Architects have welcomed the recent signing of a trade deal between the UK and Australia. It promises to open up access to Australian market opportunities for UK practices and give certainty over personnel placements and transfers.
There are several positive repercussions for architects and practices:
- UK architects will have access to visas to work in Australia without being subject to its changeable skilled occupation list that might otherwise restrict access
- access to public procurement at federal and state level will be made non-discriminatory, giving UK practices equal access to a potential £10 billion of procurement opportunities
- mutual recognition of professional qualifications is much more likely. Governments are to work with regulators to encourage agreements to be made
Visas and mobility
The new mobility arrangements are claimed to be more far reaching than in any UK free trade agreement to date. UK practices will have certainty that they can transfer employees to locations in Australia.
Architects will also find it easier to be employed by Australian practices, because businesses will no longer have to prove that they cannot find an Australian local to fulfil a role before sponsoring a visa for a UK professional. Conversely, UK practices will find it easier to hire contracted Australian architects and engineering professionals.
There are also relaxed mobility arrangements for all young people aged between 18 and 35. UK architects will be able to travel and work in Australia with a Working Holiday Maker Visa for up to three years. Previously, this scheme was only applicable to those who wished to work on an Australian farm.
Australia will also pilot a separate visa scheme for workplace exchanges that will be open to graduates between the ages of 21 and 45.
Recognition of professional qualifications
The UK Government has stated that the deal will facilitate mutual recognition of professional qualifications but there is no timetable as yet. The deal commits both sides to encourage their respective regulators to work towards reciprocal recognition for a range of services, including architecture. There will be a working group set up at government level to facilitate the process.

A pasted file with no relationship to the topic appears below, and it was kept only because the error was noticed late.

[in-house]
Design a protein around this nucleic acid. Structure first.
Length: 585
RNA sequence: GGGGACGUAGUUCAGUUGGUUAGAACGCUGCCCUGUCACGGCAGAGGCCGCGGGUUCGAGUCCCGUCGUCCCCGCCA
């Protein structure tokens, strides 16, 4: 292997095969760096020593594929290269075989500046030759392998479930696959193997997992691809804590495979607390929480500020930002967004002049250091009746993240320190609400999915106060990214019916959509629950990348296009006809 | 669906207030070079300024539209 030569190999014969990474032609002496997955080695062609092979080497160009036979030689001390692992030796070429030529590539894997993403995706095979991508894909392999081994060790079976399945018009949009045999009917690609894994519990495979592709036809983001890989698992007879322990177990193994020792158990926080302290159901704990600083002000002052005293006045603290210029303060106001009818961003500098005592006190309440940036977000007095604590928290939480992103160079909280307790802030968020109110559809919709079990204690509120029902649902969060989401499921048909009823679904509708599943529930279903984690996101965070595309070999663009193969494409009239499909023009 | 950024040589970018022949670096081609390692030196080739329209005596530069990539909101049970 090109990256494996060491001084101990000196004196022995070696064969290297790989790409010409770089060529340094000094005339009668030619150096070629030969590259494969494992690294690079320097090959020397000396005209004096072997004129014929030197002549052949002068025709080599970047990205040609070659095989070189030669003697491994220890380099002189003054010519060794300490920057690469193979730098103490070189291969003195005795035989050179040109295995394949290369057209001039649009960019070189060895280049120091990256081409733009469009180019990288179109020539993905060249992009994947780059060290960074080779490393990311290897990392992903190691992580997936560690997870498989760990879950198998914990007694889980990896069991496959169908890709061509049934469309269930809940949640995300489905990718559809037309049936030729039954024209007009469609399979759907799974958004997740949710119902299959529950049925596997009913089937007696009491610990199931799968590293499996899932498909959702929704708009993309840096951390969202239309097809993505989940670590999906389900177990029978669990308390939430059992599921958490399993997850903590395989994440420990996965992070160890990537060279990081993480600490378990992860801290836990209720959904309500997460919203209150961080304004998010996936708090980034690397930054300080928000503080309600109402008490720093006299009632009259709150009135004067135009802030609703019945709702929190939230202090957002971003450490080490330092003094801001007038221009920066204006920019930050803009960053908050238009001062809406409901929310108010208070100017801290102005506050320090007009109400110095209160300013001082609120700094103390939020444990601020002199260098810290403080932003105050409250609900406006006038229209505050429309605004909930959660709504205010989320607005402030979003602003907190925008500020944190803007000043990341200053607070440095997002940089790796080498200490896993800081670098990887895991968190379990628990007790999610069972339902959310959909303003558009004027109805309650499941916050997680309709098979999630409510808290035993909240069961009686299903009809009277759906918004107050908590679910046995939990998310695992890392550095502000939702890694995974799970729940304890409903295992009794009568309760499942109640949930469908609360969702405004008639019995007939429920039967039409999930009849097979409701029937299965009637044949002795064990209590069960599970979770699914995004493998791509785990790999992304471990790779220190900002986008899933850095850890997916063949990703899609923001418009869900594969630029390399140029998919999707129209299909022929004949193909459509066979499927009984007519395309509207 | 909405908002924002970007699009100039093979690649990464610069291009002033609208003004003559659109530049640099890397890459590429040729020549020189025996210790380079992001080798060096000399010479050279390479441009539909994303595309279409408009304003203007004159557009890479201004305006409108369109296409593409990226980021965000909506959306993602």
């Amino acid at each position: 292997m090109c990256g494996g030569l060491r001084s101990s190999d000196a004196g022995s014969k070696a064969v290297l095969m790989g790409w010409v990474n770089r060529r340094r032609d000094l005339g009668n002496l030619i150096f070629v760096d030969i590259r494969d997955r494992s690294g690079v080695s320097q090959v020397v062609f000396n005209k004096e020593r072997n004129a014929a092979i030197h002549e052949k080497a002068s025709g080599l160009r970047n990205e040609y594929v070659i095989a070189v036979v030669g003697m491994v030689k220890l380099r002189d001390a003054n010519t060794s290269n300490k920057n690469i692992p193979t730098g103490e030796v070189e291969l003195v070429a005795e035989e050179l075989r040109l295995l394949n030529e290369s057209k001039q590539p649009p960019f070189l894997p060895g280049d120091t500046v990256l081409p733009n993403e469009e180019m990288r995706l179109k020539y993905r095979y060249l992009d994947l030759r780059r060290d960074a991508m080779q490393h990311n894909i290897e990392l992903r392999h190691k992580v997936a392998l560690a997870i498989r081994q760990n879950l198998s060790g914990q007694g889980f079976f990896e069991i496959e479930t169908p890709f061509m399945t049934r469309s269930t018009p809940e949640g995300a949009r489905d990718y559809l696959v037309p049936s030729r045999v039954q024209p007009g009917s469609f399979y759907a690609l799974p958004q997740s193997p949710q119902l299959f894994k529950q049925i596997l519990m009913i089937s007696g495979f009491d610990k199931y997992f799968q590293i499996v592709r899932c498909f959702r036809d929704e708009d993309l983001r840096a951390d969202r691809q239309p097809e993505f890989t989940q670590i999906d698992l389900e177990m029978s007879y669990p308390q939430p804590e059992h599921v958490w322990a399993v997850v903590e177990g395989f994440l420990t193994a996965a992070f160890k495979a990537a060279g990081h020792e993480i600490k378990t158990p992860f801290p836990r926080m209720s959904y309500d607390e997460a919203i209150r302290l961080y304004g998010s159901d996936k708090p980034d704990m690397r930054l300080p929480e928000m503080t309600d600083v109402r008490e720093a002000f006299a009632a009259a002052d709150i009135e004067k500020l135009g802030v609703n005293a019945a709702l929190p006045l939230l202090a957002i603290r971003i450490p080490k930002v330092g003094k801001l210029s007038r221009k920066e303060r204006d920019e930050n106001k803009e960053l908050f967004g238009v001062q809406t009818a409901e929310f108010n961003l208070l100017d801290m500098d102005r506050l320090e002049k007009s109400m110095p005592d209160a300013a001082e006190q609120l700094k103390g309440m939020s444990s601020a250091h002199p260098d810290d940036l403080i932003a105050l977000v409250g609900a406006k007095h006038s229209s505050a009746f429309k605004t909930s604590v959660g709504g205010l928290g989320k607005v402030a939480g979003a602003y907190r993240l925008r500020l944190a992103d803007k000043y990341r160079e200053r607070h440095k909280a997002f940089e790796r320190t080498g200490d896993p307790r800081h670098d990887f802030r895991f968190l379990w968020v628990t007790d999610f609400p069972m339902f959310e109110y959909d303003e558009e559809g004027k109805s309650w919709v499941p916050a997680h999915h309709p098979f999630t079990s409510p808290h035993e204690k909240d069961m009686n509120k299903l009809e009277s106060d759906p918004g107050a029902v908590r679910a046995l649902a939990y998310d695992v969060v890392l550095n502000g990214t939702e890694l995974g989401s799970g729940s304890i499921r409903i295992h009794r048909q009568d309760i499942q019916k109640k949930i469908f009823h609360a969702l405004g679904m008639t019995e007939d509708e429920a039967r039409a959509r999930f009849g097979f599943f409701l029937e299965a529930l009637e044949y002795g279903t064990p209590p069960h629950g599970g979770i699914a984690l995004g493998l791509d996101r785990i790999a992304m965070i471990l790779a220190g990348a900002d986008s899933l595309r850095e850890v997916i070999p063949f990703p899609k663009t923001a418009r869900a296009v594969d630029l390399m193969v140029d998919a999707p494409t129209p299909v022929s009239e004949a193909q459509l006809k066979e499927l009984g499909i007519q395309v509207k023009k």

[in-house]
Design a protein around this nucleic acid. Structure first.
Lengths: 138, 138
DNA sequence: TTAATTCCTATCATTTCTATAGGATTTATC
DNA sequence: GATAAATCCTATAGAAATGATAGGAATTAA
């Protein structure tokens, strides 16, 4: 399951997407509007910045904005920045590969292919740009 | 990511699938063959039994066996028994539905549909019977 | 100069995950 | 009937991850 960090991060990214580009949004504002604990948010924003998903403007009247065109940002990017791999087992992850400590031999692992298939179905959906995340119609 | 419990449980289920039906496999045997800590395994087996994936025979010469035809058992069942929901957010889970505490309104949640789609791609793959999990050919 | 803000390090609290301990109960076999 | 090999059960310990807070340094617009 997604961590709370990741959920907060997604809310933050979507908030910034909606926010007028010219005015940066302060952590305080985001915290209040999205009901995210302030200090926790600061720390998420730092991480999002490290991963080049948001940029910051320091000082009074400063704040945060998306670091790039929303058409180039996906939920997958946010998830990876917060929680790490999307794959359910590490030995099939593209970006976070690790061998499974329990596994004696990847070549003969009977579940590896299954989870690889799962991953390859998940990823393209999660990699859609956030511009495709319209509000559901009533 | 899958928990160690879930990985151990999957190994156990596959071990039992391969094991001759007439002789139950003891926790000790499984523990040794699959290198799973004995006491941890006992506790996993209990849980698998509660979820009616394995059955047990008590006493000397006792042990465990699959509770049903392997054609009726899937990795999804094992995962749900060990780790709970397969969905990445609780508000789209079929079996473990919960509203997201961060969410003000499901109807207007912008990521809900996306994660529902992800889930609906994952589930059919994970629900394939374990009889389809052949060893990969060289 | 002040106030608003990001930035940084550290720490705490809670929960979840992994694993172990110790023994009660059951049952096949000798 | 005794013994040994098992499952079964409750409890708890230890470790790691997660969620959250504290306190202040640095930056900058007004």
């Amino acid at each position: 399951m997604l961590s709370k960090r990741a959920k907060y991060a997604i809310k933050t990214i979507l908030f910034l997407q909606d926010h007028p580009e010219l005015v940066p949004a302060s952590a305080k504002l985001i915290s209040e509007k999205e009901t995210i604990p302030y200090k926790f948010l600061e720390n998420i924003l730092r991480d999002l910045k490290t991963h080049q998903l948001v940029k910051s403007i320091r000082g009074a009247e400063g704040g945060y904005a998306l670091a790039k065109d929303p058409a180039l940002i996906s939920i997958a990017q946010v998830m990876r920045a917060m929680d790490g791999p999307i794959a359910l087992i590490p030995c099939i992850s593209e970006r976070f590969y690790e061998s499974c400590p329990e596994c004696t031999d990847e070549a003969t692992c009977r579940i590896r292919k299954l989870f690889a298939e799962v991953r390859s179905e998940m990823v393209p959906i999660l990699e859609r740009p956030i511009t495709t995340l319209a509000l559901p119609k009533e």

“The chance to have reciprocal recognition of the architecture profession from the UK to Australia would be a huge step,” comments Loren Thanyakittikul, the Director at Assael Australia who set up the practice’s Sydney office last year.
“Currently, the process is long and complex, and discourages architects from exploring overseas jobs. This trade deal will create and encourage better opportunities for collaboration and skills sharing.”
Procurement opportunities and broader business confidence
Making public sector procurement opportunities in the UK and Australia non-discriminatory and transparent will also not come into force immediately. Both governments have yet to put in place procedures for the agreement to come into effect and both parliaments will have to approve them.
But all measures taken together will usher in a new era of business confidence, says the government, guaranteeing access to work, allowing long-term decisions to be made about the placement and movement of personnel, and bidding for and accepting new contracts.
RIBA President Simon Allford points out that the scope of the arrangements demonstrates that both the UK and Australian governments rightly recognise the significant value of the profession.
“Through discussions with ministers and MPs over recent years, we have been able to help inform the government of industry priorities and we now look forward to working with policymakers to optimise this opportunity and help progress a new agreement for the recognition of professional qualifications,” he comments.
The UK Government has suggested that the Australia deal could open the door to the Indo-Pacific trading region more generally, and will help the UK's bid to join the Comprehensive and Progressive Agreement for Trans-Pacific Partnership (CPTPP). One of the largest free-trade areas in the world, it encompasses £8.4tr of GDP from 11 Pacific nations from Australia to Mexico.
Text by Neal Morris. This is a Professional Feature edited by the RIBA Practice team. Send us your feedback and ideas
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First published Thursday 6 January 2022